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Where the Neon Lights Sing: Kehlani Reinvents the Cycle of Self-Destruction on "CRASH"

To put it in gambling terms (though I have never once set foot in a casino), if blue water road was Kehlani betting the house on love, CRASH, their fourth studio album, is the unadvisable follow-up bet that most certainly ends in disaster. It's a raunchy, sweaty, hot 'n' heavy record teeming with jealousy and less than subtle themes of loneliness and self-sabotage. While blue water road had its own heaping helping of innuendos, it was quilted together by commitment and tireless monogamy. CRASH instead careens into the carnal pleasures of the flesh, hypnotized by the inebriating gaze of temporary company.


CRASH raises the curtain to "GrooveTheory," picking up right where blue water road left off. "everything" left our main characters on the up, with Kehlani listing out all the best qualities about their lover, all the subtleties that made them fall in love and everything she adds to their life. "GrooveTheory," however, opens with a contrasting revelation, "I'm not the one," setting the stage for the album's ensuing chaos as Kehlani drives away, flipping through radio stations. Following their shattering revelation, they fall into a fit of jealous denial on "Next 2 U." The album's second single, produced by DIXSON and OAK, finds Kehlani out reminding themselves of how much they love their partner, of all that they do for her, and the destructive things they'd do to keep anyone and everyone from her.



The night soon gets the better of them, the drinks are flowing and the music is right. As the liquid courage begins to take the wheel, Kehlani starts throwing themself into every momentary distraction that presents itself. The seductive, smooth rationalization of "What I Want" and the infectious kick drum hammering through the speakers on "After Hours" convolute and melt the night together; everything feels right, don't let it end, they start casting lines, "I know you don't wanna leave," "I'ma turn you into the baddest bitch they ever seen," before crossing the inevitable threshold to the point of no return.


Unfortunately, as we soon find out, the consequences of our actions are never far behind us. Kehlani tries, with mixed success, to convince their lover it didn't mean anything on the subsequent tracks. "I would choose this dance with you in every life," they fervently beg on "Better Not," earning them a second chance, being told they "better not [get caught] doing that shit again." But what's already in motion can't be stopped, the seed of mistrust has already started sprouting, now growing between the cracks in the relationship still under construction.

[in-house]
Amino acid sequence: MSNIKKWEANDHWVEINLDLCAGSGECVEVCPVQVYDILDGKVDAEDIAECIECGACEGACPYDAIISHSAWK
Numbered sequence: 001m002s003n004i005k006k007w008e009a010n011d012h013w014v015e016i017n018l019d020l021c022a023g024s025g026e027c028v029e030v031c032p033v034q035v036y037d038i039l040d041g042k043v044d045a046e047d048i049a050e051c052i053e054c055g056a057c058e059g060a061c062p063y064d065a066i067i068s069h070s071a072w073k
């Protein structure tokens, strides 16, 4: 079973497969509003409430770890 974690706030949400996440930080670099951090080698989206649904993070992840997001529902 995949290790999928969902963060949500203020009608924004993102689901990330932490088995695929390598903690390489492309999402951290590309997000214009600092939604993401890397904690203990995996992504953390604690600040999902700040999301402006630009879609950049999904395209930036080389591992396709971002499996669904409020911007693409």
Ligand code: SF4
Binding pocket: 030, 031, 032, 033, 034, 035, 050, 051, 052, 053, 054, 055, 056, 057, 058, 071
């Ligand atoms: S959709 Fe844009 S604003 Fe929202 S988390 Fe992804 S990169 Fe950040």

They try to move past it, leave the betrayal behind and work towards their future together as things begin to finally move towards the positive, "what happens here stays here, it's just like Vegas." But old wounds make themselves known on "Deep," tensions rise, arguments and fights become unavoidable, "watch how you speak, watch how you talkin’ to me," driving a wedge between them. But despite it all, paying no mind to mistakes made at the height of passion, it clicks, "I don't need to sign no papers, NDAs, just two gold rings and bootleg Elvis and my baby."


But the dream only lasts so long. Kehlani gets comfortable, tensions rise and they start fighting without thinking once again. They get too friendly on a night out reminiscent of the night alluded to earlier in the album, "dancin' on my homegirls, throwin' ass on a few strangers." Lost in the haze of money, mistakes and temporary fixes, a sobering moment of realization creeps up on Kehlani. The strippers and liquor stop being enough to stop the momentous cloud of dread hanging over their head. The fun dwindles, friends trickle home, and as the night comes to a close, the reality of their actions becomes painfully clear, "I might lose my wife tonight."



CRASH paints a beautiful, nuanced picture of the human condition, of our intrinsic desire for companionship constantly at odds with our animalistic and nomadic tendencies, glueing us to the mirror to reveal our frightened and impulsive true selves. This is all we are, they tell us, but not all we have to be. Kehlani delves firsthand into the ideas of temptation and human error, but doesn't shy away from the possibility of retribution. The first two acts of the LP are veiled by misguided self-destruction and jealousy, but the third pulls back the curtains of worldly pleasures and urges for self reflection. CRASH is a violent warning and a gentle nudge; a reminder that regardless of the mistakes we we make or the vicious cycles we find ourselves trapped in, we are always capable of change.


Rob Lucchesi


Kehlani


1 Comment


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